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    The PISA fallacy in Singapore: insights from the NIE

    Walter Barbieri
    By Walter Barbieri
    Community contribution / August 14, 2017

    Editor's note: Regarding the review previously posted here of the National Institute of Education's 2017 conference, the Department of Education Singapore completely refutes quotes attributed by the author to Director-General of Education, Mr Wong Siew Hoong. Below in our comments section is a Ministry of Education-provided link to video footage of Mr Wong's presentation and a full transcript of the presentation. In light of the evidence presented, and in the absence of alternative evidence to support the author at this stage, EducationHQ has withdrawn the story and apologises without reservation for any offence caused.

    This story appeared in the August 2017 edition of Australian Teacher Magazine.

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    harish / August 29, 2017

    It seems that the quote attributed to Siew Hoong is being denied - see this: http://www.straitstimes.com/singapore/education/article-carrying-moe-remarks-on-singapores-culture-of-compliance-is-fake-news


    harish / August 29, 2017

    Can you please fix the following:
    a) Wong Siew Hoong's last name is Wong and his given name is Siew Hoong. There is a reference of his name as Wong Siew which is the wrong usage and does not make the article credible.
    b) Could you provide links to the original event where this happened?

    Thank you.


    Jay / August 29, 2017

    This article is spot on. I used to work in NIE. During my tenure with them, I lost faith in Singapore's education system and decided to migrate elsewhere to give my kids a more well rounded education. I have a friend who is a school principal. He told me then that Singapore produces some of the brightest kids in terms of academic, but also students with the lowest self-esteem ironically. One of the reasons this is so has more to do with the people running the system than the system itself. Even today, kids are rewarded for the right textbook answer rather than for their ability to think critically. I have friends whose kids scored an aggregate of 80 marks (out of a 100) and the teacher will tell them it's not good enough. It's no surprise that we hear more of kids feeling depressed even though they scored 5 distinctions out of 6. Singapore is a society, by and large, which is brutal against people who have failed. But we have forgotten that failures and mistakes is an inevitable part of life. Instead of encouraging kids who have failed to stand up again, we "chucked" them aside to a lower echelon of society which dampens their self-esteem. Take ITE for example, an institution which primarily houses students who didn't do so well in their studies with the aim of training them in a skilled vocation instead. I taught there as a relief lecturer for 3 months. During the 3 months, I have came into contact with hundreds of students. I struggle to name you one who has a healthy self-esteem. Most of them saw themselves as failures whose future only seemed bleak. The reason why I could say all these is because I actually spoke to them individually. I took time to listen to them.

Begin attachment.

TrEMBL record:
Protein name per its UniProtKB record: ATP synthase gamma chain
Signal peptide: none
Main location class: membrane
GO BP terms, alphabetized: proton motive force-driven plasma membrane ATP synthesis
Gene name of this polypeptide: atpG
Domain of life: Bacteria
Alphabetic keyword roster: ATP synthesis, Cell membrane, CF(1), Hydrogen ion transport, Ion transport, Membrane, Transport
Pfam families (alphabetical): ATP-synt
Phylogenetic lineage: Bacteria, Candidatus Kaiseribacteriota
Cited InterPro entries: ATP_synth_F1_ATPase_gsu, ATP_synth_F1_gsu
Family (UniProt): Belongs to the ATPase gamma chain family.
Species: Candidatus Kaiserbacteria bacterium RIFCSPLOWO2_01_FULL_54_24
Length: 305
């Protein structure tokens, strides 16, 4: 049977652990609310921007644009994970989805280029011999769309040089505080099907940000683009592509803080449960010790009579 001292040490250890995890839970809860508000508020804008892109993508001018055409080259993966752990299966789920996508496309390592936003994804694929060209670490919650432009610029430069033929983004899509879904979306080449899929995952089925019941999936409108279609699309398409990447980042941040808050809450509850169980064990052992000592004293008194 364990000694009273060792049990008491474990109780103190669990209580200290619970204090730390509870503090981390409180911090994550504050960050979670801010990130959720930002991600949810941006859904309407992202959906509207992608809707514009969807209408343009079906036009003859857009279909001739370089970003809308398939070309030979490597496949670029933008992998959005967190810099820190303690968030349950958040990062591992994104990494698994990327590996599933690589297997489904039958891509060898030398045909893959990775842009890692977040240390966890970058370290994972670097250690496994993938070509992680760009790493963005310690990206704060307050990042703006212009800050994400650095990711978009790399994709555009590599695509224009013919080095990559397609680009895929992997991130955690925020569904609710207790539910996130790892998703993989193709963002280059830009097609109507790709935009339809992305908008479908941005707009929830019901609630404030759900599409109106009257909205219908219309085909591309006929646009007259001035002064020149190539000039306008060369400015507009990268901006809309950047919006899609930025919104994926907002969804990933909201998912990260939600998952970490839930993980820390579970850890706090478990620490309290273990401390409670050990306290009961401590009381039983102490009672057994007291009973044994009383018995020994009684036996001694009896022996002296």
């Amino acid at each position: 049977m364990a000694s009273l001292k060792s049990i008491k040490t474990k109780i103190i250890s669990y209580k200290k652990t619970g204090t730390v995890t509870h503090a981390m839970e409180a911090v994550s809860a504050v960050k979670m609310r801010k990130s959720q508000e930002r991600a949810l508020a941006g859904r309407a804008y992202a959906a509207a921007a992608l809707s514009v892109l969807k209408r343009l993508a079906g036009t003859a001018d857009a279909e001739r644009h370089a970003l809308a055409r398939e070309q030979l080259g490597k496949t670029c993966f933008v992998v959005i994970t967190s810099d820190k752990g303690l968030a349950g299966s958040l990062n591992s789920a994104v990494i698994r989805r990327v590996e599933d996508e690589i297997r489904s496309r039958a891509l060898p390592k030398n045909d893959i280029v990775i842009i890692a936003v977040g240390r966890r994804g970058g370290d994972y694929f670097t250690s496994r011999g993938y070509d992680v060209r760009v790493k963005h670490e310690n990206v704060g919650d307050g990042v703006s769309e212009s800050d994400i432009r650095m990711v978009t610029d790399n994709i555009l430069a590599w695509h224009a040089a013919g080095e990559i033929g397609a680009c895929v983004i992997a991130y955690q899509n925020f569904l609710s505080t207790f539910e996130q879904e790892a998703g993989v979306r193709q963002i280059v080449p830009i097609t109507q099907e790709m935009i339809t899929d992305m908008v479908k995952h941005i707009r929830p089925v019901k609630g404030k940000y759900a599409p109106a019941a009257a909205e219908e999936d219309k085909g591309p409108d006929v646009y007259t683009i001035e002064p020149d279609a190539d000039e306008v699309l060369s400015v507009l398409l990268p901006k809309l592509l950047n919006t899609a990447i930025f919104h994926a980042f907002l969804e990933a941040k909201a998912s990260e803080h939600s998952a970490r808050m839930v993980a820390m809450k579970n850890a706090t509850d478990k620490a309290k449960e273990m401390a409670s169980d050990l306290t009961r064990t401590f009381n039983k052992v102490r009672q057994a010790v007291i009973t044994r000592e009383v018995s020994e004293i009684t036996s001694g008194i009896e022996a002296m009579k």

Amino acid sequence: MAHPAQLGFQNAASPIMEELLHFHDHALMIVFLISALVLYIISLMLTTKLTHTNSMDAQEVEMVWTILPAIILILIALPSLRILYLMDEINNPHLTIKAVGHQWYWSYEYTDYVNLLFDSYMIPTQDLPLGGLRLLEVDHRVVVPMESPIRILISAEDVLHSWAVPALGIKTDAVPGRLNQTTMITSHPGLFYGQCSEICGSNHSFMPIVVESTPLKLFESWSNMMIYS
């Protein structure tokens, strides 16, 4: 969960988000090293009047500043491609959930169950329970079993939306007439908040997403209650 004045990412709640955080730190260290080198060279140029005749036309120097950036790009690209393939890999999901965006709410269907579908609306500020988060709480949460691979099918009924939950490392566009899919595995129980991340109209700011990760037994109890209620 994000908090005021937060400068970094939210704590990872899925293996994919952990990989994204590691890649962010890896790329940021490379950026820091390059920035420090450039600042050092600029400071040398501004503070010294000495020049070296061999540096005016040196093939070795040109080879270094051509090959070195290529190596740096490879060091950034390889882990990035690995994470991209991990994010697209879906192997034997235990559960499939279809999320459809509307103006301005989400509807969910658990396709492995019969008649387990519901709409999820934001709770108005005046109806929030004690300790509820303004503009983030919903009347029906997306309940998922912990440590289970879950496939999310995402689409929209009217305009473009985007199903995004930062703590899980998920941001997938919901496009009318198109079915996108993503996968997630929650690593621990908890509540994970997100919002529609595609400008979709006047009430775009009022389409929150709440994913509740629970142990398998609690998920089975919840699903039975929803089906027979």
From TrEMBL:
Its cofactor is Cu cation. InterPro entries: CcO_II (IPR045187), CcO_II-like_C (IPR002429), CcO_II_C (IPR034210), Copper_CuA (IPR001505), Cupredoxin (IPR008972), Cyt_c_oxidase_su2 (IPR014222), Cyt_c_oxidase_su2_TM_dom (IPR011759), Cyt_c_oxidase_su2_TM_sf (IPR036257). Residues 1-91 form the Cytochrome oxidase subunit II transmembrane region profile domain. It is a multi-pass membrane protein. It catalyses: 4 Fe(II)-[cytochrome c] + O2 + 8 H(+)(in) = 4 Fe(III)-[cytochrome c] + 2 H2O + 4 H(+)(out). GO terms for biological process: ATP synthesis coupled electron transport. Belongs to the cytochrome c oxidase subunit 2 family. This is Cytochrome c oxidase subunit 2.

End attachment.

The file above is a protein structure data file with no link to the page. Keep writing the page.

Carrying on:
Looking from hindsight, I understand why so few innovation came out of Singapore. Right from school, we are taught that to memorize textbook answers. We are taught that failure is a dead end. While we don't utter those words blatantly, how we responded to those who have failed is telling.

    Today, we need more than academic prowess to survive in the real world. Singapore has only 5.5 million people. We are a tiny speck relative to the world's population. We have no land and no natural resource. The only way a small number could make any impact is through innovation. But to breed innovation, we have to cultivate an environment that allows people from all walks of life to fail and stand up again. And what makes this extremely difficult is that the folks running the system are chosen primarily based on their academic results. This is no fault of their own. This system of stronghold has been around for decades. For any real change to come, Singapore needs another visionary and a true leader. I sincerely hope that day will come.


    We would like to clarify that the Director-General of Education did not make the statements quoted in the article above. This is fake news.

    We are disappointed that your website would circulate such false comments. We would appreciate it if you could remove the article immediately or at least print a correction. Thank you.

    The full transcript and video in the following link:

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